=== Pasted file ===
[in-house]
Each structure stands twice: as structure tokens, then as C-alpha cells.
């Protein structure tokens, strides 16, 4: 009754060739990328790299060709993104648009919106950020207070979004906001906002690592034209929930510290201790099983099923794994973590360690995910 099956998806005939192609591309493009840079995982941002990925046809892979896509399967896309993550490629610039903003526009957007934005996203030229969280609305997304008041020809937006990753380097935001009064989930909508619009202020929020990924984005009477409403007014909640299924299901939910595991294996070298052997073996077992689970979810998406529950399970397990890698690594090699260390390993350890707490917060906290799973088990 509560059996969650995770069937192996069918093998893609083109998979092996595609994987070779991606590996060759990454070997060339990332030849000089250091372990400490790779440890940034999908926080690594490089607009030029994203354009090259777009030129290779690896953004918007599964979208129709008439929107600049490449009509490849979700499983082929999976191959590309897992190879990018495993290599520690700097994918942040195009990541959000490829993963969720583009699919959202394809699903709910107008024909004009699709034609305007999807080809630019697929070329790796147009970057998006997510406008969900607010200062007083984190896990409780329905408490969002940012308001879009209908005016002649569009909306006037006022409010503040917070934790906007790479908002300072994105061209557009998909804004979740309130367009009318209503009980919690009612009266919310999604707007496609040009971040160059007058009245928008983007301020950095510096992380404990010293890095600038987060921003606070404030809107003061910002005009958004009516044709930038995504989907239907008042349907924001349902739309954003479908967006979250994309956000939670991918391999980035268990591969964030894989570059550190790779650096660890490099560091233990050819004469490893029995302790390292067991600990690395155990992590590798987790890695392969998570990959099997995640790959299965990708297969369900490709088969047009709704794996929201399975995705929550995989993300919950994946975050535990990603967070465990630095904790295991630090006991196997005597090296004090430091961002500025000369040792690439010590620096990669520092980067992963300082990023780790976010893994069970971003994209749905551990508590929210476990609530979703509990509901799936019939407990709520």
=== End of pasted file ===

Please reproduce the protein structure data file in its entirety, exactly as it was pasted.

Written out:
[in-house]
Each structure stands twice: as structure tokens, then as C-alpha cells.
């Protein structure tokens, strides 16, 4: 009754060739990328790299060709993104648009919106950020207070979004906001906002690592034209929930510290201790099983099923794994973590360690995910 099956998806005939192609591309493009840079995982941002990925046809892979896509399967896309993550490629610039903003526009957007934005996203030229969280609305997304008041020809937006990753380097935001009064989930909508619009202020929020990924984005009477409403007014909640299924299901939910595991294996070298052997073996077992689970979810998406529950399970397990890698690594090699260390390993350890707490917060906290799973088990 509560059996969650995770069937192996069918093998893609083109998979092996595609994987070779991606590996060759990454070997060339990332030849000089250091372990400490790779440890940034999908926080690594490089607009030029994203354009090259777009030129290779690896953004918007599964979208129709008439929107600049490449009509490849979700499983082929999976191959590309897992190879990018495993290599520690700097994918942040195009990541959000490829993963969720583009699919959202394809699903709910107008024909004009699709034609305007999807080809630019697929070329790796147009970057998006997510406008969900607010200062007083984190896990409780329905408490969002940012308001879009209908005016002649569009909306006037006022409010503040917070934790906007790479908002300072994105061209557009998909804004979740309130367009009318209503009980919690009612009266919310999604707007496609040009971040160059007058009245928008983007301020950095510096992380404990010293890095600038987060921003606070404030809107003061910002005009958004009516044709930038995504989907239907008042349907924001349902739309954003479908967006979250994309956000939670991918391999980035268990591969964030894989570059550190790779650096660890490099560091233990050819004469490893029995302790390292067991600990690395155990992590590798987790890695392969998570990959099997995640790959299965990708297969369900490709088969047009709704794996929201399975995705929550995989993300919950994946975050535990990603967070465990630095904790295991630090006991196997005597090296004090430091961002500025000369040792690439010590620096990669520092980067992963300082990023780790976010893994069970971003994209749905551990508590929210476990609530979703509990509901799936019939407990709520």